Euclid - Online edition

Eucalyptus caleyi subsp. caleyi

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Caley's ironbark


Eucalyptus | Symphyomyrtus | Adnataria | Terminales | Rhodoxylon | Concolores

Eucalyptus caleyi Maiden, Proc. Linn. Soc. New South Wales 30: 512 (1906) subsp. caleyi.

T: Howell, NSW, Aug. 1905, J.H.Maiden & J.L.Boorman s.n.; lecto: NSW; isolecto: G, K, L.

E. leucoxylon var. pallens Benth., Fl. Austral. 3: 210 (1867); E. sideroxylon var. pallens (Benth.) Rehder, Cycl. American Hort. 2: 552 (1990). T: New England, NSW, C.Stuart s.n.; holo: K. (also placed in synonomy under E. sideroxylon fide K.D.Hill & L.A.S.Johnson, Telopea 4 (2) 245 (1991)).

E. coerulea R.T.Baker & H.G.Sm., Res. Eucalypts 2nd edn, 271 (1920). T: Central Tablelands, Murrumbo, NSW, Dec. 1893, R.T.Baker s.n.; lecto: NSW.
Tree to 30 m tall. Forming a lignotuber.
Ironbark to small branches, grey, brown or black, branchlets glaucous or non-glaucous.
Juvenile growth (coppice or field seedlings to 50 cm): stem rounded or square in cross-section, often glaucous; juvenile leaves always petiolate, opposite for 3 to 6 pairs then alternate, orbicular, ovate or deltoid, 3–7 cm long, 1.7–7 cm wide, base tapering to petiole or truncate, blue-grey or glaucous.
Adult leaves alternate, petiole 1–2 cm long; blade ovate to lanceolate, 4.5–11 cm long, 1.8–4.5 cm wide, base tapering to petiole, concolorous, dull, blue-grey to glaucous, side-veins usually greater than 45° to midrib, densely to very densely reticulate, intramarginal vein parallel to and just within margin or well removed from it, oil glands intersectional or obscure.
Inflorescence terminal compound, sometimes with axillary umbels also, peduncle erect or pendulous, 0.9–2 cm long, buds 7 per umbel, pedicels 0.5–1.2 cm long. ature buds diamond-shaped to ovoid to obovoid to sometimes ± pear-shaped, 0.7–1 cm long, 0.4–0.5 cm wide, glaucous, scar present, operculum conical, stamens inflexed, with outer staminodes, anthers adnate, positioned obliquely at filament tip, cuboid, dehiscing by terminal pores, style long, stigma blunt or pin-head shaped, locules 3 or 4, the placentae each with 4 vertical ovule rows. Flowers white.
Fruit pedicellate (pedicels (0.2)0.5–1.4 cm long), barrel-shaped or obconical, 0.6–1 cm long, 0.4–0.8 cm wide, not ridged, ribbed or angled longitudinally, glaucous or non-glaucous, disc descending, valves 3 or 4, enclosed.
Seeds brown or grey, 1–2 mm long, flattened-ovoid, often pointed at one end, dorsal surface shallowly pitted, hilum ventral.

Cultivated seedlings (measured at ca node 10): cotyledons bilobed; stems square in cross-section or slightly winged, glaucous or not; leaves always petiolate, opposite for 2 to 5 nodes then alternate, deltoid, ovate or orbicular, 4.5–7 cm long, 4.5–7 cm wide, base truncate to tapering, apex rounded, dull grey-green or slightly glaucous.
Flowering Time

Flowering has been recorded in April, June, September, October and November.

Eucalyptus caleyi is a small to medium-sized ironbark tree species of scattered distribution, usually on stony sites, from near Denman in the Hunter Valley, New South Wales, north through the central and northern tablelands of New South Wales to the Inglewood–Warwick–Girraween area of far south-eastern Queensland. Leaves, buds and fruit are usually glaucous, the pedicels are long and slender, and the fruit are narrow at the top forming a barrel shape.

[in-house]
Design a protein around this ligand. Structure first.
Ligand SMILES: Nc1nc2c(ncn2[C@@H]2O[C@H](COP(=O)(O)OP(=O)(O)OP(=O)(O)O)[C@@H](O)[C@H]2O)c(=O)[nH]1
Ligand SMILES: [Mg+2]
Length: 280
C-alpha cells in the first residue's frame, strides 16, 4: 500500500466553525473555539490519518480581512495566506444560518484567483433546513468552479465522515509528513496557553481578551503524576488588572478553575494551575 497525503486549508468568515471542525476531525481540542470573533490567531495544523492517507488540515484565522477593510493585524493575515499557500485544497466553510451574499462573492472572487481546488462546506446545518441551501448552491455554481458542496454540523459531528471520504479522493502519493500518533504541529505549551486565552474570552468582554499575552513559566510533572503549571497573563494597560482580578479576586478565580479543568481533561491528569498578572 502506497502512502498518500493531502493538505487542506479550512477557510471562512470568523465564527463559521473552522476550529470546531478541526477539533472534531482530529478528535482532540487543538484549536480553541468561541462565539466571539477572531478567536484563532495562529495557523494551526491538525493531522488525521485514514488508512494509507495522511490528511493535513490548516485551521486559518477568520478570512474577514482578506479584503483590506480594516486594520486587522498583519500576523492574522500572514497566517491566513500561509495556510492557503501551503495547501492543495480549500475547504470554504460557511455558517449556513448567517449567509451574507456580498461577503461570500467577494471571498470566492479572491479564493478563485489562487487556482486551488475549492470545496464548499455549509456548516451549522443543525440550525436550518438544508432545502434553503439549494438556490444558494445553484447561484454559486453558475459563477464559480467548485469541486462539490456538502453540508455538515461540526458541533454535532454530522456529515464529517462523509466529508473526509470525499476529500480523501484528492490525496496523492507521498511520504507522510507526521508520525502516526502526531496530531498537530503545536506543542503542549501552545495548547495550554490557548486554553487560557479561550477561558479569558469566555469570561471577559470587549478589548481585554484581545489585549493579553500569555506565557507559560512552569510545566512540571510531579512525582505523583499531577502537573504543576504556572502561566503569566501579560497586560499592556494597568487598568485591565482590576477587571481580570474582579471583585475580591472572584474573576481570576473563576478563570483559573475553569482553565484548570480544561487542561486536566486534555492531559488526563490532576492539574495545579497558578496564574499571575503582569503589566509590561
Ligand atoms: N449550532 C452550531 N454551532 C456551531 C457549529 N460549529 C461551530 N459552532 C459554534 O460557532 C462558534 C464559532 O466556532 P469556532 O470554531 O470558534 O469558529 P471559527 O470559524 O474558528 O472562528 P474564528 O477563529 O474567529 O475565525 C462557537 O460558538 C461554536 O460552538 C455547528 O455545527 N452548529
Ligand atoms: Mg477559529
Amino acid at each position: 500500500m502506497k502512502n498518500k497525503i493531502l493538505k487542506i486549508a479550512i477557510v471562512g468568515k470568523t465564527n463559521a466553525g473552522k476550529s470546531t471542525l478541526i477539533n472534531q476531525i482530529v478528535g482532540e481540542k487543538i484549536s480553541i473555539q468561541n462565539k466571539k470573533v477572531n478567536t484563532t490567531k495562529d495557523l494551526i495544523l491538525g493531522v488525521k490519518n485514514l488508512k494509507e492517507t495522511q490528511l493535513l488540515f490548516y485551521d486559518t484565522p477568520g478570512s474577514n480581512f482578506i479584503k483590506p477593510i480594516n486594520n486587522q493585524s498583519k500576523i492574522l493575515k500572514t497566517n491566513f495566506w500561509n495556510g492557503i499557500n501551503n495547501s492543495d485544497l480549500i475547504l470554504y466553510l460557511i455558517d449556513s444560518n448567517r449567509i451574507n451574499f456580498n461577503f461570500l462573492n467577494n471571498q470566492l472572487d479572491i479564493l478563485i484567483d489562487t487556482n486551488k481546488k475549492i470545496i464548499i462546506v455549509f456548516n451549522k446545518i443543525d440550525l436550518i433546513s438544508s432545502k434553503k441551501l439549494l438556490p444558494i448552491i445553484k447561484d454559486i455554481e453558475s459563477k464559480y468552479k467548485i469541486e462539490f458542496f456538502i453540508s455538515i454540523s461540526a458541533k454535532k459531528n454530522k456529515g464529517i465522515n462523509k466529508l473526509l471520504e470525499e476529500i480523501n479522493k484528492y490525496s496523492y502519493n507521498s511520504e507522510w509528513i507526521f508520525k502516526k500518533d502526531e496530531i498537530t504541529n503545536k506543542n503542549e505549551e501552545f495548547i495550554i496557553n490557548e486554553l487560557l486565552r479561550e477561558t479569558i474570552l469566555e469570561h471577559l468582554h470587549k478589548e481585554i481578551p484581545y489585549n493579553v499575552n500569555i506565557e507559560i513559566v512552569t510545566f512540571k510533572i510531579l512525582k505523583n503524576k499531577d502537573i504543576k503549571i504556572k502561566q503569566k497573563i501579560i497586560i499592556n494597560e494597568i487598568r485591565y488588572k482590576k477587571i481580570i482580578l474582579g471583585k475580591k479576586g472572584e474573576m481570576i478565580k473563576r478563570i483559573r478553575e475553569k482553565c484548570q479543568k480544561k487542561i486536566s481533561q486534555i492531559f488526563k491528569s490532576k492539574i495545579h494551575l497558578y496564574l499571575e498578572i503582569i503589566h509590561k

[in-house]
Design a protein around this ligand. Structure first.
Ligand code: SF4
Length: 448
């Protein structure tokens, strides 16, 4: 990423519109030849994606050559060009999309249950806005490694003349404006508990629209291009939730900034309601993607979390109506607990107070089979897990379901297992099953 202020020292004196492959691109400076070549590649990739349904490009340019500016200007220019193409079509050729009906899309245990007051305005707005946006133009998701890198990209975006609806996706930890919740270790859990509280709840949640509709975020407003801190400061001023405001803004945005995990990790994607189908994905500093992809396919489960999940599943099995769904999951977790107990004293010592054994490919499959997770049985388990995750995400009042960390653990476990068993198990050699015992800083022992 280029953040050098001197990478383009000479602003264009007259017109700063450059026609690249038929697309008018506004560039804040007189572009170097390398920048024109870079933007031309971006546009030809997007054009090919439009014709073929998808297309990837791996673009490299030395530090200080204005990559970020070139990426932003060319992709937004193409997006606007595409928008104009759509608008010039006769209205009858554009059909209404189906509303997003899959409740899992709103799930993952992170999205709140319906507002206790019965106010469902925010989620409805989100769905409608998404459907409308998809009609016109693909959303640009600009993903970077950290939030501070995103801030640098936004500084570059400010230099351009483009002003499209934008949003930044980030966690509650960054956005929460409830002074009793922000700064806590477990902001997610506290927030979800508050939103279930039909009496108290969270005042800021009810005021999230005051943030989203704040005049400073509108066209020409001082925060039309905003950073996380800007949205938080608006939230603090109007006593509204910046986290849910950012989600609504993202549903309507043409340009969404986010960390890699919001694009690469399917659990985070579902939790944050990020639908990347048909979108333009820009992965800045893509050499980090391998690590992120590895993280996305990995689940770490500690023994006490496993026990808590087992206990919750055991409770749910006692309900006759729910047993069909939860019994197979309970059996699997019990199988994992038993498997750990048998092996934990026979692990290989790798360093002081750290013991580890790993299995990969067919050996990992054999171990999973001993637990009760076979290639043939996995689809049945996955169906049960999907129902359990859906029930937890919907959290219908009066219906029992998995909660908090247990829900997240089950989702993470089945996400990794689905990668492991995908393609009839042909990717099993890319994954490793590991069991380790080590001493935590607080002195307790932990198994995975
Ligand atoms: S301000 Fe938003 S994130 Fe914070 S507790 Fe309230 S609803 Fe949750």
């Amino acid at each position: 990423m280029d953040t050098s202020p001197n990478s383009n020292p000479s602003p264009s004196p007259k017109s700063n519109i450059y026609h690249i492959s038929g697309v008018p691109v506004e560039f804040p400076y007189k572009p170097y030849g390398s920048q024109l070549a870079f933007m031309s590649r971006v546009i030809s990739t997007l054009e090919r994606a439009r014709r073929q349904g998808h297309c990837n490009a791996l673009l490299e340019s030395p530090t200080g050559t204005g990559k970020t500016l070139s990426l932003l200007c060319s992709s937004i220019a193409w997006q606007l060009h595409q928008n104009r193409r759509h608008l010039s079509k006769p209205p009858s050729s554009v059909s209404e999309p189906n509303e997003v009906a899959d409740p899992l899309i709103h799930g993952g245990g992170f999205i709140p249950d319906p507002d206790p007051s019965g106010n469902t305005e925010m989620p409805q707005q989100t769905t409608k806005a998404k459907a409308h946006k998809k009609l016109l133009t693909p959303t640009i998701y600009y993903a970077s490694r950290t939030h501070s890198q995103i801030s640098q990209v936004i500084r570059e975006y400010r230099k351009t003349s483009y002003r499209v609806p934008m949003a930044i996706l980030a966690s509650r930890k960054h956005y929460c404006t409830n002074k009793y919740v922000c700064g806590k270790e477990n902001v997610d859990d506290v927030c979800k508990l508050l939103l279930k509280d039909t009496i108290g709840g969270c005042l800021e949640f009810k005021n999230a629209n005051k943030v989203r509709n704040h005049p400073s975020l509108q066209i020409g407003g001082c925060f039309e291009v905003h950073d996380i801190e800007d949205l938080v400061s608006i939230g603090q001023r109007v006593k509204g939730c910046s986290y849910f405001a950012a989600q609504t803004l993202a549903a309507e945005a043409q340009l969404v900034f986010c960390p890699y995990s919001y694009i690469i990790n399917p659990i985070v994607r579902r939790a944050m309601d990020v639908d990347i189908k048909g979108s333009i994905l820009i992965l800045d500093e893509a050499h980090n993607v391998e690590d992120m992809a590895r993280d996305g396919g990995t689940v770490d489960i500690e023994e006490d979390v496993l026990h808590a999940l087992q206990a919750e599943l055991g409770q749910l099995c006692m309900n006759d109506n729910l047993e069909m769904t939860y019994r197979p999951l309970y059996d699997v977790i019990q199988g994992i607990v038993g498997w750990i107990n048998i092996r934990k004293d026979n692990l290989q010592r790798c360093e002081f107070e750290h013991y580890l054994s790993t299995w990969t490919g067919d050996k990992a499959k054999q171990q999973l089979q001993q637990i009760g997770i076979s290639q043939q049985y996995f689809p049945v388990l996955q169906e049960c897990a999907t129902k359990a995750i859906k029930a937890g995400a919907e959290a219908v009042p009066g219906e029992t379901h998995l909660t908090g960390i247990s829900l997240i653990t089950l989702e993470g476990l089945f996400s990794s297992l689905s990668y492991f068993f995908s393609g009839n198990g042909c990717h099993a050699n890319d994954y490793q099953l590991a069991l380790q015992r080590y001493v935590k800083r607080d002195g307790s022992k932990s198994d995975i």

Within its sub-group, E. caleyi should only be confused with E. corynodes, both species possessing glaucous adult leaves. All other members have non-glaucous green adult leaves. E. caleyi can be separated from E. corynodes by normally having ovate adult leaves and orbicular to deltoid to ovate juvenile leaves (adult and juvenile leaves lanceolate in E. corynodes). E. scopulorum, a recently described species restricted to the Nymboida National Park on the Northern Tablelands of New South Wales, must also be very close to E. caleyi. Apart from being completely non-glaucous, it differs further by having elliptical juvenile leaves which are usually narrower than those in E. caleyi (E. caleyi normally with orbicular to deltoid to ovate juvenile leaves).

Within its area of occurrence there is really only one other ironbark (from another sub-group) with glaucous adult leaves that could be confused with E. caleyi and that is E. melanophloia. It differs by having buds with stamens all fertile and irregularly flexed and opposite, sessile to rarely very shortly petiolate adult leaves. (Adult leaves alternate with long slender petioles in E. caleyi.)

There are two subspecies:

E. caleyi subsp. caleyi
This subspecies has the more extensive distribution from Muswellbrook, New South Wales north to the Inglewood–Warwick–Girraween area in south-east Queensland. The buds and fruits are round in cross-section.

E. caleyi subsp. ovendenii
This subspecies is restricted in its distribution to west of Tenterfield, northern New South Wales, on more elevated sites. The buds and fruits are distinctly square in cross-section.

Eucalyptus caleyi subsp. ovendenii is listed as "Vulnerable" under the Australian Government Environment Protection and Biodiversity Conservation Act 1999 (EPBC Act). Further information may be found at this web address:

Origin of Name

Eucalyptus caleyi: after George Caley (1770–1829). George Caley was a botanical collector who, with the financial assistance of Sir Joseph Banks, collected extensively in New South Wales between the years 1800–1810. It is recorded of him that had his party not refused to proceed he may have been the first man to cross the Blue Mountains.

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